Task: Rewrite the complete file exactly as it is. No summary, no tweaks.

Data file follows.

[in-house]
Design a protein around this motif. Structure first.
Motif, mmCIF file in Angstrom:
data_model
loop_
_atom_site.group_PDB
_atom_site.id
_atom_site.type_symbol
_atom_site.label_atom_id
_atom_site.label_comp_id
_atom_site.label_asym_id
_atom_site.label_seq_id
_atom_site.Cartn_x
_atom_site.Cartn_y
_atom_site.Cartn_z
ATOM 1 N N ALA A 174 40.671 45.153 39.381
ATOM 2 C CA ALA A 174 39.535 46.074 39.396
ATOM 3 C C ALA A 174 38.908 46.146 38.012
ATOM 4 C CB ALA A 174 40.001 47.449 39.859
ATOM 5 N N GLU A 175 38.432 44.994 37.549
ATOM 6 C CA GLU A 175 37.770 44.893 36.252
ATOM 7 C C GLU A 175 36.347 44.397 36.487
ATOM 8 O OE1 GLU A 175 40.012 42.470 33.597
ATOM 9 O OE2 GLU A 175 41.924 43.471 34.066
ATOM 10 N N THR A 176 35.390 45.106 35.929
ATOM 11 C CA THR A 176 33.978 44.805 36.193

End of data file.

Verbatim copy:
[in-house]
Design a protein around this motif. Structure first.
Motif, mmCIF file in Angstrom:
data_model
loop_
_atom_site.group_PDB
_atom_site.id
_atom_site.type_symbol
_atom_site.label_atom_id
_atom_site.label_comp_id
_atom_site.label_asym_id
_atom_site.label_seq_id
_atom_site.Cartn_x
_atom_site.Cartn_y
_atom_site.Cartn_z
ATOM 1 N N ALA A 174 40.671 45.153 39.381
ATOM 2 C CA ALA A 174 39.535 46.074 39.396
ATOM 3 C C ALA A 174 38.908 46.146 38.012
ATOM 4 C CB ALA A 174 40.001 47.449 39.859
ATOM 5 N N GLU A 175 38.432 44.994 37.549
ATOM 6 C CA GLU A 175 37.770 44.893 36.252
ATOM 7 C C GLU A 175 36.347 44.397 36.487
ATOM 8 O OE1 GLU A 175 40.012 42.470 33.597
ATOM 9 O OE2 GLU A 175 41.924 43.471 34.066
ATOM 10 N N THR A 176 35.390 45.106 35.929
ATOM 11 C CA THR A 176 33.978 44.805 36.193